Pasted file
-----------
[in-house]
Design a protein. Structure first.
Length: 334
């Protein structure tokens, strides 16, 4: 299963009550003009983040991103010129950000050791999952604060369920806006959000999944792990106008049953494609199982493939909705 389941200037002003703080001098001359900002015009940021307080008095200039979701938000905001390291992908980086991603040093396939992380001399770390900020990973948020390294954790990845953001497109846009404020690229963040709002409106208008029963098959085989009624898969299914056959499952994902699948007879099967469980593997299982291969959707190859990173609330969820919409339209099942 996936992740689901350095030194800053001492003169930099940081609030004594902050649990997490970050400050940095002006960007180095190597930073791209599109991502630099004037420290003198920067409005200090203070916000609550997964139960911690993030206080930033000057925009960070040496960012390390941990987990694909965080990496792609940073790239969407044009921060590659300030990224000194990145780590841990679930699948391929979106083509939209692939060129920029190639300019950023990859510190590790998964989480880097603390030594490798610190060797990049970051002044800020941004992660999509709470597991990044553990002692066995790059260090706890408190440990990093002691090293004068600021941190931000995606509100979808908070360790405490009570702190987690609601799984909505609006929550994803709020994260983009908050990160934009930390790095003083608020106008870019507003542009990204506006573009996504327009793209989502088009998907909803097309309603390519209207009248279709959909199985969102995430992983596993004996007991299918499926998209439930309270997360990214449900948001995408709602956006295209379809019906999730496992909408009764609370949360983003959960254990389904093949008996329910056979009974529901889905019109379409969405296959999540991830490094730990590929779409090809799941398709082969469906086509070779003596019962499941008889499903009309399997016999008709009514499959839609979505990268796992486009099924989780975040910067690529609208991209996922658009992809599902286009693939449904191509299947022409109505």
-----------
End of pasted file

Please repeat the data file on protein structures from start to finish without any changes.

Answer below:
[in-house]
Design a protein. Structure first.
Length: 334
């Protein structure tokens, strides 16, 4: 299963009550003009983040991103010129950000050791999952604060369920806006959000999944792990106008049953494609199982493939909705 389941200037002003703080001098001359900002015009940021307080008095200039979701938000905001390291992908980086991603040093396939992380001399770390900020990973948020390294954790990845953001497109846009404020690229963040709002409106208008029963098959085989009624898969299914056959499952994902699948007879099967469980593997299982291969959707190859990173609330969820919409339209099942 996936992740689901350095030194800053001492003169930099940081609030004594902050649990997490970050400050940095002006960007180095190597930073791209599109991502630099004037420290003198920067409005200090203070916000609550997964139960911690993030206080930033000057925009960070040496960012390390941990987990694909965080990496792609940073790239969407044009921060590659300030990224000194990145780590841990679930699948391929979106083509939209692939060129920029190639300019950023990859510190590790998964989480880097603390030594490798610190060797990049970051002044800020941004992660999509709470597991990044553990002692066995790059260090706890408190440990990093002691090293004068600021941190931000995606509100979808908070360790405490009570702190987690609601799984909505609006929550994803709020994260983009908050990160934009930390790095003083608020106008870019507003542009990204506006573009996504327009793209989502088009998907909803097309309603390519209207009248279709959909199985969102995430992983596993004996007991299918499926998209439930309270997360990214449900948001995408709602956006295209379809019906999730496992909408009764609370949360983003959960254990389904093949008996329910056979009974529901889905019109379409969405296959999540991830490094730990590929779409090809799941398709082969469906086509070779003596019962499941008889499903009309399997016999008709009514499959839609979505990268796992486009099924989780975040910067690529609208991209996922658009992809599902286009693939449904191509299947022409109505």